In this case, defense counsel motioned to strike Crisco's statement immediately after Crisco represented he was relying on a discovery motion to identify Petitioner.  With the greatest respect for the learned opinion of the court of appeals, we do not understand the basis for its conclusion that counsel's motion to strike was not contemporaneously made.

In upholding the circuit court's decision to deny Petitioner's motion to strike, the court of appeals quoted the proposition from State v. Rice, "[u]nless an objection is made at the time the evidence is offered and a final ruling made, the issue is not preserved for review."  375 S.C. at 322–23, 652 S.E.2d at 419.  In that case, trial counsel motioned to strike certain testimony immediately after the witness made the alleged hearsay statement.  Id.  The court of appeals determined the objection was untimely by placing emphasis on the manner in which trial counsel raised issue with the statement: "Trial counsel did not object when Officer Smith made the alleged hearsay statement.  Instead, counsel made a motion to strike . . . . Here, trial counsel never actually made an objection, only a motion to strike."  Id.

In this case, the State argues because Petitioner's motion to strike was not preceded by an objection, there was no contemporaneous objection.  The rationale behind the requirement of a contemporaneous objection is to "enable[] trial judges to make reasoned decisions by appropriately developing issues by way of argument, both for or against any particular legal proposition."  State v. Torrence, 305 S.C. 45, 67, 406 S.E.2d 315, 327 (1991).  In our opinion, defense counsel's purpose would not have been made clearer had he used the word "objection" before making a motion to strike.    Moreover, the South Carolina Rules of Evidence state that an error may not be found for the wrongful admission of evidence unless "a timely objection or motion to strike appears of record."  Rule 103(a)(1), SCRE (emphasis added).  Under the Rules of Evidence, Petitioner clearly preserved the issue of admissibility by moving to strike the hearsay testimony.  To the extent State v. Rice stands for the proposition that preservation of an error in admitting evidence can only be accomplished if trial counsel follows the precise procedure of making an objection followed by a motion to strike, we overrule that proposition. 

At oral argument, the State argued defense counsel's motion to strike was not timely because prior to Crisco making the statement at issue, he twice stated he was relying on other documents to recall the events of that evening.  The two prior statements to which the State refers do not relate to the identification of Petitioner, which was crucial to Petitioner's guilt.  Rather, those statements referred to the amount of the robbery proceeds Crisco gave Harris, and the time Crisco believed he robbed the bingo hall.  This information was not the primary piece of evidence Petitioner was seeking to elicit from Crisco.  Therefore, we do not accept the State's argument that Petitioner's failure to object to those statements renders Petitioner's motion to strike untimely.  The first time Crisco made a hearsay statement that was prejudicial to Petitioner, defense counsel motioned to strike.  For this reason, we find the objection was timely.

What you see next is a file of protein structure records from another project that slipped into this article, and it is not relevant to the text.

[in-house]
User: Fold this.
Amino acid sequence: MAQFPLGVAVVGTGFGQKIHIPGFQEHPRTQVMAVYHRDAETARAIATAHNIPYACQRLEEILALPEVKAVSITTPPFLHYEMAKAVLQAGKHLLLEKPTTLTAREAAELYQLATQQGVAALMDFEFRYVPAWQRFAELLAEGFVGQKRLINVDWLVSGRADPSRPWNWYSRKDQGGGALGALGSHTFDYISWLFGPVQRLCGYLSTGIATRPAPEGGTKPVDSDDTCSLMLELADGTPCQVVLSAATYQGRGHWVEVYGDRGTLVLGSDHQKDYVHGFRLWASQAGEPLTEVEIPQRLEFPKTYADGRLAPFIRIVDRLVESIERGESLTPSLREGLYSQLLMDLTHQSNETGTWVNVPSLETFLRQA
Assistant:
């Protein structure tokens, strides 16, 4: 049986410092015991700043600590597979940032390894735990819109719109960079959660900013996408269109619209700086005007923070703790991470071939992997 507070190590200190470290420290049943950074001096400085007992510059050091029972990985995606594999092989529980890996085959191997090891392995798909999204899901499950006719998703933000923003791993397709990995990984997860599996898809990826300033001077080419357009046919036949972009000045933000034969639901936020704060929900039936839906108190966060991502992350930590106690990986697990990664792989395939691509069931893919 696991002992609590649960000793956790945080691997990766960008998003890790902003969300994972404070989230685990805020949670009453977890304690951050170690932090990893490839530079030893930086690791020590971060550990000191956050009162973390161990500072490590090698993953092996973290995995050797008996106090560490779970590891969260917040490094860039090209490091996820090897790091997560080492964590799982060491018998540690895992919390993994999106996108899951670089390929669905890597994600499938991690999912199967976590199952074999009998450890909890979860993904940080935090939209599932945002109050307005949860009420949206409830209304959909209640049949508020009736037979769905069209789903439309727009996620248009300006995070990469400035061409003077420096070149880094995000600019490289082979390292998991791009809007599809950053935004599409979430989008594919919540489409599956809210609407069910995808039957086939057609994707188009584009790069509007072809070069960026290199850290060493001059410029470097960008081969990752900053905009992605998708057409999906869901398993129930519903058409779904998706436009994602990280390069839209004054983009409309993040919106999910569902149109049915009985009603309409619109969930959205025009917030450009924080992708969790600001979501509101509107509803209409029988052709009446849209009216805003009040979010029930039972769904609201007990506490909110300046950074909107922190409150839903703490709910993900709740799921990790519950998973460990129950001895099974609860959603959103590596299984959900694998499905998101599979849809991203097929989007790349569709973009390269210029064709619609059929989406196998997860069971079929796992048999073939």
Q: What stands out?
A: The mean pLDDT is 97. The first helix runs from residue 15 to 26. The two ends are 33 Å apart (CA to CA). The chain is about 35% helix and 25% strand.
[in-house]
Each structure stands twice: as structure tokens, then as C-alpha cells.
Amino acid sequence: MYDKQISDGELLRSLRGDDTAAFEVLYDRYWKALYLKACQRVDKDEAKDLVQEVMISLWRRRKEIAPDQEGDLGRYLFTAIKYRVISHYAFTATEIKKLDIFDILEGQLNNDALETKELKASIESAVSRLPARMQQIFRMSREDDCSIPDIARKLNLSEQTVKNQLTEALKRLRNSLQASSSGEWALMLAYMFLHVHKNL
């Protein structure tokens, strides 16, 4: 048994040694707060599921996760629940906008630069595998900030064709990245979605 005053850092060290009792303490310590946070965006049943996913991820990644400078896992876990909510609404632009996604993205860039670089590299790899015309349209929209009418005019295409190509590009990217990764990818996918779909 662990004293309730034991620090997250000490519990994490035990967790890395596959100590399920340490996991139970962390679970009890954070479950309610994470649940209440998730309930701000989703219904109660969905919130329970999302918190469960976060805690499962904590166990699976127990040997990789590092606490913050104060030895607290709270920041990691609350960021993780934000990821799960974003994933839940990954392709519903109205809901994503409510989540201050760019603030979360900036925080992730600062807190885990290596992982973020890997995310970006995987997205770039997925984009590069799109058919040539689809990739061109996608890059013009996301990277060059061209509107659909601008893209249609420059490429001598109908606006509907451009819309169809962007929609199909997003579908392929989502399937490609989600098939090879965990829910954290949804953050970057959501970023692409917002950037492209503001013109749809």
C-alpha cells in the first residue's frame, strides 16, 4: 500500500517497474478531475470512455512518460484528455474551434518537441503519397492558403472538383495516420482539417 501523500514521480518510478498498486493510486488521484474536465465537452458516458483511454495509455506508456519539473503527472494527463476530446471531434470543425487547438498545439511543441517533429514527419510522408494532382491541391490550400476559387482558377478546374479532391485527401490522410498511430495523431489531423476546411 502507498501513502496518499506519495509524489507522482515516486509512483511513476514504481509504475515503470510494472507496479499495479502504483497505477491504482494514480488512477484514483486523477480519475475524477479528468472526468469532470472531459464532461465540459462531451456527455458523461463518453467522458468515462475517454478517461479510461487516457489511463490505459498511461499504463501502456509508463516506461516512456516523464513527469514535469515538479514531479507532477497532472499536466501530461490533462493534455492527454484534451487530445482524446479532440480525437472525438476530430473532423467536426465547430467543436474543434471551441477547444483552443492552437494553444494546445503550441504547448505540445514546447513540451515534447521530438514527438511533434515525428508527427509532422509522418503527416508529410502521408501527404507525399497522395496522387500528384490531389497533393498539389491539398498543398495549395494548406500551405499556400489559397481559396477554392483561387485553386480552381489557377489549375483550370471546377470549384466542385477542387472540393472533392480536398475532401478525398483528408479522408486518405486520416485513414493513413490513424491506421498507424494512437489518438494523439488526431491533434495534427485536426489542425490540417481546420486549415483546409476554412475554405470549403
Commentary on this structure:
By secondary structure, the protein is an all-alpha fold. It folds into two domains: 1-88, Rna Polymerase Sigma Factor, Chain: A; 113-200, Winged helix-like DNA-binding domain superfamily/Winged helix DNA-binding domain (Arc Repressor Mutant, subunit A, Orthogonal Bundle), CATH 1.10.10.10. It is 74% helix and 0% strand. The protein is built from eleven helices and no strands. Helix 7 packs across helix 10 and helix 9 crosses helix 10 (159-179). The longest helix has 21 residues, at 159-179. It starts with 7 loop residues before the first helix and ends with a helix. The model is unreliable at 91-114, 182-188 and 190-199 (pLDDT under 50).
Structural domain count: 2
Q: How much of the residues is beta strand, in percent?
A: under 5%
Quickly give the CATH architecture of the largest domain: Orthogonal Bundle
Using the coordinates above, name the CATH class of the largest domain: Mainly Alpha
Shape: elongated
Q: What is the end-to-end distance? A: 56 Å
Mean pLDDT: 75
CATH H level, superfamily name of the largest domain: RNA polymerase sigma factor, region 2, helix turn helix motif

Additionally, we find defense counsel's motion to strike Crisco's testimony was sufficiently specific to preserve the issue of admissibility for review.[1]  For an admissibility error to be preserved, the objection must include a specific ground "if the specific ground was not apparent from the context."  Rule 103(a)(1), SCRE.  When supported by context, "[a] party need not use the exact name of a legal doctrine . . . , but it must be clear the argument has been presented on that ground."  State v. Stahlnecker, 386 S.C. 609, 617, 690 S.E.2d 565, 570 (2010).  In this case, Crisco admitted on the stand he relied on a discovery motion for the identification of Petitioner.  Defense counsel moved to strike all of Crisco's testimony about Petitioner on the ground that "[h]e's been relying on the police report."   

The State analogized this case to State v. Rice where trial counsel made a motion to strike, stating "[h]e's talking about what someone else did."  375 S.C. at 322, 652 S.E.2d at 419.  The court of appeals in that case found the ground for objection was not apparent from the context because it appeared that trial counsel was concerned with whether the testifying officer's testimony was based on personal knowledge.  Id.  The determination of whether an objection is apparent from the context of witness examination is factually driven.  Therefore, we do not believe State v. Rice is a measuring stick for judging the specificity of the motion to strike in this case.  Although defense counsel did not state his ground for objection as hearsay, we believe it was apparent from the context of the cross-examination that defense counsel was objecting to the hearsay nature of Crisco's statement under Rule 802, SCRE.  Thus, we conclude Petitioner's motion to strike Crisco's testimony was preserved for our review because it was both timely and specific.  Accordingly, the circuit court's denial of Petitioner's motion to strike was error under Rule 801(c), SCRE ("'Hearsay' is a statement, other than one made by the declarant while testifying at the trial or hearing, offered in evidence to prove the truth of the matter asserted.").